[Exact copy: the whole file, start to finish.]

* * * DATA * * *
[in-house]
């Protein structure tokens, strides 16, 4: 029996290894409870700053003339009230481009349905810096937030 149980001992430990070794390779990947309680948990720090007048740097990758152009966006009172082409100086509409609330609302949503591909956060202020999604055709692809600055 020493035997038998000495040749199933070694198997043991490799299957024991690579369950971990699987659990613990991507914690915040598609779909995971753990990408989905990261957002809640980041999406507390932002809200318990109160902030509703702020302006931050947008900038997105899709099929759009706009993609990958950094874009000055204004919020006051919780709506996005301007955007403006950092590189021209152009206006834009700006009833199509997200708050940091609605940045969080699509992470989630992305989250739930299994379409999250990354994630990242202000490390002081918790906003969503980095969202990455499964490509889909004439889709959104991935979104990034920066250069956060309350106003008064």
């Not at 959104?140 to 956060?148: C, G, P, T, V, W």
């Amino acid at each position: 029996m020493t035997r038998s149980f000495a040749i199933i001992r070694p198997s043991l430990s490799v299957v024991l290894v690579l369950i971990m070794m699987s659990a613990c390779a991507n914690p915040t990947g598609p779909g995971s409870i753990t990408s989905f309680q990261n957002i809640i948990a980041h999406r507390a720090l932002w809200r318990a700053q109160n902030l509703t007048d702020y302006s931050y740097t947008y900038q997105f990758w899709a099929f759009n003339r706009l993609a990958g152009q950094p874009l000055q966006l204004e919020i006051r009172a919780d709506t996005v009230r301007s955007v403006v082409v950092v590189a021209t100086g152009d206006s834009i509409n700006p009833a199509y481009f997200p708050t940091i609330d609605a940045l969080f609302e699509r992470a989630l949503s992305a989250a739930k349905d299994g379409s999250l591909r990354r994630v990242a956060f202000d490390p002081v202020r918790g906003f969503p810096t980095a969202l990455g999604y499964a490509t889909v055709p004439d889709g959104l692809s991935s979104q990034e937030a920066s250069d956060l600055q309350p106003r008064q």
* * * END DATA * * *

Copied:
[in-house]
């Protein structure tokens, strides 16, 4: 029996290894409870700053003339009230481009349905810096937030 149980001992430990070794390779990947309680948990720090007048740097990758152009966006009172082409100086509409609330609302949503591909956060202020999604055709692809600055 020493035997038998000495040749199933070694198997043991490799299957024991690579369950971990699987659990613990991507914690915040598609779909995971753990990408989905990261957002809640980041999406507390932002809200318990109160902030509703702020302006931050947008900038997105899709099929759009706009993609990958950094874009000055204004919020006051919780709506996005301007955007403006950092590189021209152009206006834009700006009833199509997200708050940091609605940045969080699509992470989630992305989250739930299994379409999250990354994630990242202000490390002081918790906003969503980095969202990455499964490509889909004439889709959104991935979104990034920066250069956060309350106003008064």
């Not at 959104?140 to 956060?148: C, G, P, T, V, W």
């Amino acid at each position: 029996m020493t035997r038998s149980f000495a040749i199933i001992r070694p198997s043991l430990s490799v299957v024991l290894v690579l369950i971990m070794m699987s659990a613990c390779a991507n914690p915040t990947g598609p779909g995971s409870i753990t990408s989905f309680q990261n957002i809640i948990a980041h999406r507390a720090l932002w809200r318990a700053q109160n902030l509703t007048d702020y302006s931050y740097t947008y900038q997105f990758w899709a099929f759009n003339r706009l993609a990958g152009q950094p874009l000055q966006l204004e919020i006051r009172a919780d709506t996005v009230r301007s955007v403006v082409v950092v590189a021209t100086g152009d206006s834009i509409n700006p009833a199509y481009f997200p708050t940091i609330d609605a940045l969080f609302e699509r992470a989630l949503s992305a989250a739930k349905d299994g379409s999250l591909r990354r994630v990242a956060f202000d490390p002081v202020r918790g906003f969503p810096t980095a969202l990455g999604y499964a490509t889909v055709p004439d889709g959104l692809s991935s979104q990034e937030a920066s250069d956060l600055q309350p106003r008064q």